I am writing from the perspective of my own business, which is rather unique. I feel, however, that specific examples should inspire any entrepreneur to find out how to better explore his or her own market niche.
When our consumer confidence level is high, people are acquiring things more often, and they are more willing to spend money on services. It was under these conditions that a partner and I began a home organizing business a few years ago.
Most of our clients were upper-middle class families who wanted to tame the clutter that made their homes less functional so they could easily get to all the tools and toys they purchased, which in an unorganized state tended to hide behind one another. But in the current economic state, I instead focus my new sole-proprietorship organizing service in a different direction.
I see two areas where spending money for my service can save people money in the longer term: helping to incorporate items from storage units back into people’s homes; and helping families who are moving into smaller (and more affordable) homes get off on the right foot, be it in packing and/or unpacking. I believe that one of the greatest strengths I offer to my clients is objectivity: humans become attached to the things we own, and I can help them step back and look at what they do and don’t need, and subsequently help them systematize what they keep in the space they have to work with. Thus, even though my business doesn’t offer a service that is technically necessary, I do believe there is a productive place for it - regardless of the larger economic picture.
I also face the challenge of attracting new business. I am creating brochures emphasizing consolidation to be left at storage unit rental facilities. While at first I wondered if my services might be seen as conflicting with these facilities’ interests, I struck up conversations with people who worked at a few, and to my surprise they were strongly in favor of it. It turns out that many facilities have waiting lists. While some people will move their things out of storage to save costs … others are needing new storage, due to moving into smaller homes. Furthermore, these facilities saw a positive outcome in being able to recommend such a service to their clients, because it made them appear more “full-service.” Several facilities already had partnered with moving companies for this very purpose.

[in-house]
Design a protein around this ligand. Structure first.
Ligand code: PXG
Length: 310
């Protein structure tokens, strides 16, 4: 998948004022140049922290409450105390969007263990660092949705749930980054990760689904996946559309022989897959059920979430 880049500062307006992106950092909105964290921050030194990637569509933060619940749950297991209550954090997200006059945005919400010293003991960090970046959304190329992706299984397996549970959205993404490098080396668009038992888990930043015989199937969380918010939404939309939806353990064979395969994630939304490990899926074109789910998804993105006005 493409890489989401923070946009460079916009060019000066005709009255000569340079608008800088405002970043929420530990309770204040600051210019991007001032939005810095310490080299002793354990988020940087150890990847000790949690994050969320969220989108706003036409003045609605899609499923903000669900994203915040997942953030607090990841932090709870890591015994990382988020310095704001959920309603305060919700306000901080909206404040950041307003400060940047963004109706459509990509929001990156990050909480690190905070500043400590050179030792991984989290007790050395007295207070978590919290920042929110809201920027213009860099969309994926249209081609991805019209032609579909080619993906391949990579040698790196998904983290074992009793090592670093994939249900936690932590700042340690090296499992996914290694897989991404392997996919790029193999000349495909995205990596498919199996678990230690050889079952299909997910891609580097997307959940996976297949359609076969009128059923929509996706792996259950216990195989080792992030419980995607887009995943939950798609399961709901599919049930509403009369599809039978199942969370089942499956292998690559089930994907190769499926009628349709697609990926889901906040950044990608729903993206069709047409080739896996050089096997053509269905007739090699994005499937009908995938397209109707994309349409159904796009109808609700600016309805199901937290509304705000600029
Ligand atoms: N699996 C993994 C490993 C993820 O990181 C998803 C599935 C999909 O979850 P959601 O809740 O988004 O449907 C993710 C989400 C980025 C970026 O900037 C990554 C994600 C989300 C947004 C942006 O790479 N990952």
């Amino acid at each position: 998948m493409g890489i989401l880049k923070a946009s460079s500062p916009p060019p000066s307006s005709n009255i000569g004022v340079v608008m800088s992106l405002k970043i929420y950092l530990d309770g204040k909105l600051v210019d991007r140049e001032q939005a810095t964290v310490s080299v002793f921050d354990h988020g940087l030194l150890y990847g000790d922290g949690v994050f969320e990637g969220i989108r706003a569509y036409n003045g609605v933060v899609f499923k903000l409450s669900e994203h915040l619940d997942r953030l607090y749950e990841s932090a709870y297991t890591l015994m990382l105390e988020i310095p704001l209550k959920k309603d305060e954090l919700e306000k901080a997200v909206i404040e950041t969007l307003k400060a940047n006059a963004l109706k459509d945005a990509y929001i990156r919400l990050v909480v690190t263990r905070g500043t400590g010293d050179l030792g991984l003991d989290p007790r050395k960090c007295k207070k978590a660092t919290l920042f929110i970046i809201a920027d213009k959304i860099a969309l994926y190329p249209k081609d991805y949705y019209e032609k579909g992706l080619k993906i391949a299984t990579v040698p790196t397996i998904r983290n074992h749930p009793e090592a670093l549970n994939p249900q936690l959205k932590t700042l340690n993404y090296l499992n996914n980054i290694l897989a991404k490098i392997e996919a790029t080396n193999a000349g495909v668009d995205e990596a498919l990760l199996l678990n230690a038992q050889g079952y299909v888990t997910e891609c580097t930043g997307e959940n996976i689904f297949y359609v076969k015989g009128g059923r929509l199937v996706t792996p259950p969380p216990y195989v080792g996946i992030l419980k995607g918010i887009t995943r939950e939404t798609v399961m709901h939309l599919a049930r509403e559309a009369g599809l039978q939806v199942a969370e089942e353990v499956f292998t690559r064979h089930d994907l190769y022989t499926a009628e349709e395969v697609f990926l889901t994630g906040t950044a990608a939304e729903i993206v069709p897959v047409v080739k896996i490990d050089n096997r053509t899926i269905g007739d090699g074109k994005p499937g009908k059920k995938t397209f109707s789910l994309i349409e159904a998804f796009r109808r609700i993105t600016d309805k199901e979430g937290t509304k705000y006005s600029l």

I also am in the process of updating brochures tailored to the real estate market. Realtors are a great source of leads because they not only know that a family is looking to buy a new home, but they also know why. Another way that I have brainstormed finding new leads is to attend Chamber of Commerce networking events, where other small business owners and employees congregate. It turns out that many people who perform other types of work in people’s homes have been challenged by cluttered, disorganized houses; my only concern is that I won’t have any control over how tactfully my business card is offered to such a homeowner, but even in light of that lack of control, I’m still getting the word out. In return, I can also hand their business cards out if, in the course of a consultation or job, my client mentions a need for a plumber or electrician or to have new windows installed (for example).
I hope that my examples above can help others get creative in branching out to new niches, or even just maximizing existing ones. Also, whether you’re a startup or well-established, you can always get advice from SCORE. These ex-executives have volunteered their time and expertise, and I have had more than one occasion to be grateful for them. And, as our government reacts to our economic downturn, small businesses may benefit from changes in tax and other laws. So, it’s a good idea to check the Small Business Adminstration and local government websites on a regular basis. Keep your spirits up, and your eyes open!